Minnesota Governor Mark Dayton has signed into law a new bill limiting the government’s ability to seize automobiles in DWI cases.
Representative Marion O’Neill of Maple Lake authored the legislation covering MN vehicle forfeiture laws after seeing the need to prevent innocent people from having their vehicles taken away.
Under how state law was previously, authorities could confiscate owners’ cars and trucks, even in instances where someone else other than the owner was driving the vehicle at the time of the DWI arrest.
“For spouses or family members who did not know their vehicle would be used unlawfully, it is problematic for the state to confiscate it from them,” remarked O’Neill, according to a report from the Governor’s office.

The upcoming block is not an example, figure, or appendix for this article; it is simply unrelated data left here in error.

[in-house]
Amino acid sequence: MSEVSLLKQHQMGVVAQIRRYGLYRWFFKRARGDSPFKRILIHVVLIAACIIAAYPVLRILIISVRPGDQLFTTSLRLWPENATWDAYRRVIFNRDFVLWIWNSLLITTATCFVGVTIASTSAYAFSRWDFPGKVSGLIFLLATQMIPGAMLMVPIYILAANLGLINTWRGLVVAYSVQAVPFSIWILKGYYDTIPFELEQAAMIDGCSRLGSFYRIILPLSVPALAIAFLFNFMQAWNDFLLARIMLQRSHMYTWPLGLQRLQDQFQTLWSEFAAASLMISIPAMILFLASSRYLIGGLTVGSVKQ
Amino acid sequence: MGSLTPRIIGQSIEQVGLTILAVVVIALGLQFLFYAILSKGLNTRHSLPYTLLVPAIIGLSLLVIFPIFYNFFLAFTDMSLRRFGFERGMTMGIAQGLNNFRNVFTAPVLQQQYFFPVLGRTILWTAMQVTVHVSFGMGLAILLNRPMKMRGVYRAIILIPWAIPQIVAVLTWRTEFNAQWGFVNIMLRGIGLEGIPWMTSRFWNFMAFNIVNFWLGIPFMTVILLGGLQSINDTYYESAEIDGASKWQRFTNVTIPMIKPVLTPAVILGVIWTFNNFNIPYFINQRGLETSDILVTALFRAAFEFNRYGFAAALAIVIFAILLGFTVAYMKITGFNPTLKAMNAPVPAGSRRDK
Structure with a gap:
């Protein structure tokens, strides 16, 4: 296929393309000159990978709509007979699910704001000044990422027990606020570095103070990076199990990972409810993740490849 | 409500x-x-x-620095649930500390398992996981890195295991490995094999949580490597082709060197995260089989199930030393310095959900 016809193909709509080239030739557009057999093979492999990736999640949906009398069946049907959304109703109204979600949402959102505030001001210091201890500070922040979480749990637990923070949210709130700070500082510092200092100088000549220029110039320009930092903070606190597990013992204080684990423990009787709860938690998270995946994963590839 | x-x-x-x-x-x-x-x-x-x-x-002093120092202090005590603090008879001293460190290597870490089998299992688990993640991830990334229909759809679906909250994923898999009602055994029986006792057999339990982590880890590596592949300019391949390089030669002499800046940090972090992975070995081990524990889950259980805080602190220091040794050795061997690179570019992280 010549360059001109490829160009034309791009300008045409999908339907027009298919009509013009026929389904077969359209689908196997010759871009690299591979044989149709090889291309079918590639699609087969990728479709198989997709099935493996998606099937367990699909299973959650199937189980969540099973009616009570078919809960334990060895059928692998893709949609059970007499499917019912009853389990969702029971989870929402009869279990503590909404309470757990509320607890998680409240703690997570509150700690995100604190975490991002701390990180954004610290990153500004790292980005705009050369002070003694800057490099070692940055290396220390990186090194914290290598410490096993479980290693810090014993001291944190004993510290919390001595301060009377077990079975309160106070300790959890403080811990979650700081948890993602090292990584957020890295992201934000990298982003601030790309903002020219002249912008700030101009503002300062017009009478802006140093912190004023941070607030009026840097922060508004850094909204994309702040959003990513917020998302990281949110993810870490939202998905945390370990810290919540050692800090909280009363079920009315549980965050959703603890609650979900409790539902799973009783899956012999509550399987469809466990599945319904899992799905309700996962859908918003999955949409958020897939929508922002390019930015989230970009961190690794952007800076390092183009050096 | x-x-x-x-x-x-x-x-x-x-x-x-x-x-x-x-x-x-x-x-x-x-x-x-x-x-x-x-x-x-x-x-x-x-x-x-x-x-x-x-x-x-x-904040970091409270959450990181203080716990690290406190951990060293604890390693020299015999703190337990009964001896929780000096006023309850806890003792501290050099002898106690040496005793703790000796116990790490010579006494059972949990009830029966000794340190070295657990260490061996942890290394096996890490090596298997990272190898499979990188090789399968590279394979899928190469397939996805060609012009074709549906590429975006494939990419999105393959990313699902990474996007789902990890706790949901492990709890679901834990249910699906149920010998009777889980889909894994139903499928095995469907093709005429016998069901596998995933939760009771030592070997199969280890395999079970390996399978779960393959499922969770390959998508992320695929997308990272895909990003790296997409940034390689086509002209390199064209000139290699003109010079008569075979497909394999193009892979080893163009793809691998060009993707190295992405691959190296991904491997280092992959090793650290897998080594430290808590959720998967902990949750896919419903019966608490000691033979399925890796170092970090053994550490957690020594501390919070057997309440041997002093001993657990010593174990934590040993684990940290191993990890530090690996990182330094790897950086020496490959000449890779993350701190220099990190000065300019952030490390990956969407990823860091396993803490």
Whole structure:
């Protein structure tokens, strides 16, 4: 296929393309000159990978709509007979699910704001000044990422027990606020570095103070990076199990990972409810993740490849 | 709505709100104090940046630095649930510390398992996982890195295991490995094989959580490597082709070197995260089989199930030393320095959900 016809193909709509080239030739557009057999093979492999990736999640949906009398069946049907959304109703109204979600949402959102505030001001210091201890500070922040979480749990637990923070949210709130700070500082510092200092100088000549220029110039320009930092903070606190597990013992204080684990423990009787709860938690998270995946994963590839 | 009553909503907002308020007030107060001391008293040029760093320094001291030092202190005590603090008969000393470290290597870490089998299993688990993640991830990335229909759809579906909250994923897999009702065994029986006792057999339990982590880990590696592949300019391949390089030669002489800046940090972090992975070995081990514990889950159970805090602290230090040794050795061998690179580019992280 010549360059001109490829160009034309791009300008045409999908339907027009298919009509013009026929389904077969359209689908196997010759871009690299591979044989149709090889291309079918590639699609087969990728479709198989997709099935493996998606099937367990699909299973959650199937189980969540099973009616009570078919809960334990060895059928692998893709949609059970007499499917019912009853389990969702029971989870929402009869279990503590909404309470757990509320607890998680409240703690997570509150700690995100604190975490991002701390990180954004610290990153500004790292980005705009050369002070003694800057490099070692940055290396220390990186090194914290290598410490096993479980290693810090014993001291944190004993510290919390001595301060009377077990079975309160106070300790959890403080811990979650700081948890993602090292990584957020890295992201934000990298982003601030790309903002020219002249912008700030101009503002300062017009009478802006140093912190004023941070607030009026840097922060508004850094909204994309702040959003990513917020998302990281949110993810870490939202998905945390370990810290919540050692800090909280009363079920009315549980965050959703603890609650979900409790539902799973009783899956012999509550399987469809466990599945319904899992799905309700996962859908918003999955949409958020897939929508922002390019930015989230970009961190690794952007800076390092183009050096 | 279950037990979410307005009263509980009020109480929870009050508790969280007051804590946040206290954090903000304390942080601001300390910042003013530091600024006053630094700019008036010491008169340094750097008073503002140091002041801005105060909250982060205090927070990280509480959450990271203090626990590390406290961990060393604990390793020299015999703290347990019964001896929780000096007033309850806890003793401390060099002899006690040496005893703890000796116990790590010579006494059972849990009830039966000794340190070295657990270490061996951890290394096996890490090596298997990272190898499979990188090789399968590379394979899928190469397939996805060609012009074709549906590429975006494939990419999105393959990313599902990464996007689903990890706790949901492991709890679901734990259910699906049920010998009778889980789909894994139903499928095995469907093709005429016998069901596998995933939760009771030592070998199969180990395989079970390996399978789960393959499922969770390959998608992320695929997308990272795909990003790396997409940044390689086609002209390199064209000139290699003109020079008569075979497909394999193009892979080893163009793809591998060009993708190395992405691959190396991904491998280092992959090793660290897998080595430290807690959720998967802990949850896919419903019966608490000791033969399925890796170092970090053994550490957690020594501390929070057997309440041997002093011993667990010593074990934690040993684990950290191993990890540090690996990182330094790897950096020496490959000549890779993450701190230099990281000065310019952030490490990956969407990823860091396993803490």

Innocent owners, meanwhile, may still have to go to court in order to make sure their vehicles aren’t forfeited in the aftermath of such incidents.
“This reform reflects the important balance between public safety and the rights of innocent vehicle owners,” said Governor Dayton.
Vehicle forfeitures related to DWI do not usually occur during first offenses, but are more common during third and fourth-time offenses when drivers are caught again within 10 years of facing their last DWI.
2009 Case – Driving Without Permission
One notable case that helped the bill, otherwise known as Chapter 12, SF 151, pass occurred in 2009. At the time, the adult son of Kristin Brown was arrested for DWI after driving her SUV with his mother’s permission. It took around five months to have the vehicle returned to the family.
6,722 vehicles were forfeited alone in 2015, with 3,000 being related to DWI, according to the Minnesota State Auditor’s office.